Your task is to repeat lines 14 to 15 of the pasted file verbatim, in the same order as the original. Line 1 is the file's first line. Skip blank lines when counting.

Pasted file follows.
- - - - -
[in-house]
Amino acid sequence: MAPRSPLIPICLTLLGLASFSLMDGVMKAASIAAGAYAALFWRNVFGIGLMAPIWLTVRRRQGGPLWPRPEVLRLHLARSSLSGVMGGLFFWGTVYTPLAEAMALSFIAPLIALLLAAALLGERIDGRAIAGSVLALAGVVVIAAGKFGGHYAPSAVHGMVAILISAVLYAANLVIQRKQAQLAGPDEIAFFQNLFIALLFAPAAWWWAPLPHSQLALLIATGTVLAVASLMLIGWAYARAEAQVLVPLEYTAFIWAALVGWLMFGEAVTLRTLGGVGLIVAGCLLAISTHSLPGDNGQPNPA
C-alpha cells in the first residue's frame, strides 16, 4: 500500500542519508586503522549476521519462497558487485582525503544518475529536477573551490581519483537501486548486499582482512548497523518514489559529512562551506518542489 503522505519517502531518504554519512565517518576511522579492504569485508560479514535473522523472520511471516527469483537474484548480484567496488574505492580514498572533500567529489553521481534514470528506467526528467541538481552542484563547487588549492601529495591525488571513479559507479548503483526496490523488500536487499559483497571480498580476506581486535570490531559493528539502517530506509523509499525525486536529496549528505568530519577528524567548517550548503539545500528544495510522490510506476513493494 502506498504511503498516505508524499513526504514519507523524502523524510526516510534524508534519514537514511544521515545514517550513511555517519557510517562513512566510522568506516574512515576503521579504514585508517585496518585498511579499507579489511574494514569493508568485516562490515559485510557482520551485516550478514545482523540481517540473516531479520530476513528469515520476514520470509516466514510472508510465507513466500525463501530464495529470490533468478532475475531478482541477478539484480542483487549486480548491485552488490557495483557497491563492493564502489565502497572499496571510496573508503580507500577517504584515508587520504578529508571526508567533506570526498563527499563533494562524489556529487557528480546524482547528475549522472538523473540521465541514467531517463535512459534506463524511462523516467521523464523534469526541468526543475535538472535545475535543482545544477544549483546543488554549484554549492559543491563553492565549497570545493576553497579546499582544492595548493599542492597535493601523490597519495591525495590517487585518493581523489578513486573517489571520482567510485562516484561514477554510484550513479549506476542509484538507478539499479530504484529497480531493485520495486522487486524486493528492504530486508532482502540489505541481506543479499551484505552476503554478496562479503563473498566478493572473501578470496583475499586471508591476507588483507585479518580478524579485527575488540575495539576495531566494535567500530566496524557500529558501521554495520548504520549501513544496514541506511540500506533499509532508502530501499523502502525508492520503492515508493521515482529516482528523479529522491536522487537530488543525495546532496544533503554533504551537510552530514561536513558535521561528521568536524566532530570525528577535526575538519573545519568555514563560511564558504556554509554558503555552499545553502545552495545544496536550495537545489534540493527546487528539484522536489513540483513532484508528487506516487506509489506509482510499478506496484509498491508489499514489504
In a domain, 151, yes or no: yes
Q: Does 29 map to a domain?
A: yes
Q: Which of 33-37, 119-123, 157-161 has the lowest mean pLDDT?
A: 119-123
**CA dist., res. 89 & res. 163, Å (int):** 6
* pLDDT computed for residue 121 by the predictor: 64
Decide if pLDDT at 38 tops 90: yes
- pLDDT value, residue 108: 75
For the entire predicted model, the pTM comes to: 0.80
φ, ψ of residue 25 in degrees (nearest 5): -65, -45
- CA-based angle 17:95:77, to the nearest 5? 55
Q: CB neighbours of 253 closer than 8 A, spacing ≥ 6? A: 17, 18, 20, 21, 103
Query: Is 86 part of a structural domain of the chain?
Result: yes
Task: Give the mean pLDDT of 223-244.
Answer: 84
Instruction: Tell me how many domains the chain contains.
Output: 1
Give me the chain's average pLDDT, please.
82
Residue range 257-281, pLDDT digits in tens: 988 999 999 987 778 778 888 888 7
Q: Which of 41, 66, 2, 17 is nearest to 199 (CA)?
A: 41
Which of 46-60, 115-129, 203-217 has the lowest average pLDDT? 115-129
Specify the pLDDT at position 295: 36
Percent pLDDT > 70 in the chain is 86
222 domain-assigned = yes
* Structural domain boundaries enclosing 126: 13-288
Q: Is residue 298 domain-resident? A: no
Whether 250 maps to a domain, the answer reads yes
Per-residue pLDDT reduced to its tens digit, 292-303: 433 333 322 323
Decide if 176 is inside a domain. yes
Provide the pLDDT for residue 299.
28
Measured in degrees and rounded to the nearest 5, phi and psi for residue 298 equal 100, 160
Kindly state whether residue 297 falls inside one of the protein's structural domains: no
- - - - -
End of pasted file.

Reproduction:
φ, ψ of residue 25 in degrees (nearest 5): -65, -45
- CA-based angle 17:95:77, to the nearest 5? 55